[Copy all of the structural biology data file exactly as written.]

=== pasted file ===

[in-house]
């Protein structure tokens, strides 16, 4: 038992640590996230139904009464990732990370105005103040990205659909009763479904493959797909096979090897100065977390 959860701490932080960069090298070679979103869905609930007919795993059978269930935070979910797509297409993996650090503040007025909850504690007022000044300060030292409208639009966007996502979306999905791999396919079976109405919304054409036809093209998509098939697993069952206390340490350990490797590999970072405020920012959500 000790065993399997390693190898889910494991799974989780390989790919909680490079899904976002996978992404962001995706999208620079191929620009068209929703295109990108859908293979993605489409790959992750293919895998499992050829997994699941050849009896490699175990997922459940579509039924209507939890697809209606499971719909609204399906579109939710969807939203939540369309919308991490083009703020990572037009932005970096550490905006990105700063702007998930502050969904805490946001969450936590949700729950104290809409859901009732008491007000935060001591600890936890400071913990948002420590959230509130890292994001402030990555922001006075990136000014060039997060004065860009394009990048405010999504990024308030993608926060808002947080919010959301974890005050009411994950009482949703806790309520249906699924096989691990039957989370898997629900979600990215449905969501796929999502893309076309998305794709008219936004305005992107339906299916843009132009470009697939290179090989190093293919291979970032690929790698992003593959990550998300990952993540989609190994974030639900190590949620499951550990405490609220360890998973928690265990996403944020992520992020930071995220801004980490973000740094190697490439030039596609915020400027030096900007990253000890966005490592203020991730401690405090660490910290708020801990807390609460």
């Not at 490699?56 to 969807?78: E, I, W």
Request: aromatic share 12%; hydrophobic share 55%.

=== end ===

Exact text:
[in-house]
């Protein structure tokens, strides 16, 4: 038992640590996230139904009464990732990370105005103040990205659909009763479904493959797909096979090897100065977390 959860701490932080960069090298070679979103869905609930007919795993059978269930935070979910797509297409993996650090503040007025909850504690007022000044300060030292409208639009966007996502979306999905791999396919079976109405919304054409036809093209998509098939697993069952206390340490350990490797590999970072405020920012959500 000790065993399997390693190898889910494991799974989780390989790919909680490079899904976002996978992404962001995706999208620079191929620009068209929703295109990108859908293979993605489409790959992750293919895998499992050829997994699941050849009896490699175990997922459940579509039924209507939890697809209606499971719909609204399906579109939710969807939203939540369309919308991490083009703020990572037009932005970096550490905006990105700063702007998930502050969904805490946001969450936590949700729950104290809409859901009732008491007000935060001591600890936890400071913990948002420590959230509130890292994001402030990555922001006075990136000014060039997060004065860009394009990048405010999504990024308030993608926060808002947080919010959301974890005050009411994950009482949703806790309520249906699924096989691990039957989370898997629900979600990215449905969501796929999502893309076309998305794709008219936004305005992107339906299916843009132009470009697939290179090989190093293919291979970032690929790698992003593959990550998300990952993540989609190994974030639900190590949620499951550990405490609220360890998973928690265990996403944020992520992020930071995220801004980490973000740094190697490439030039596609915020400027030096900007990253000890966005490592203020991730401690405090660490910290708020801990807390609460």
């Not at 490699?56 to 969807?78: E, I, W």
Request: aromatic share 12%; hydrophobic share 55%.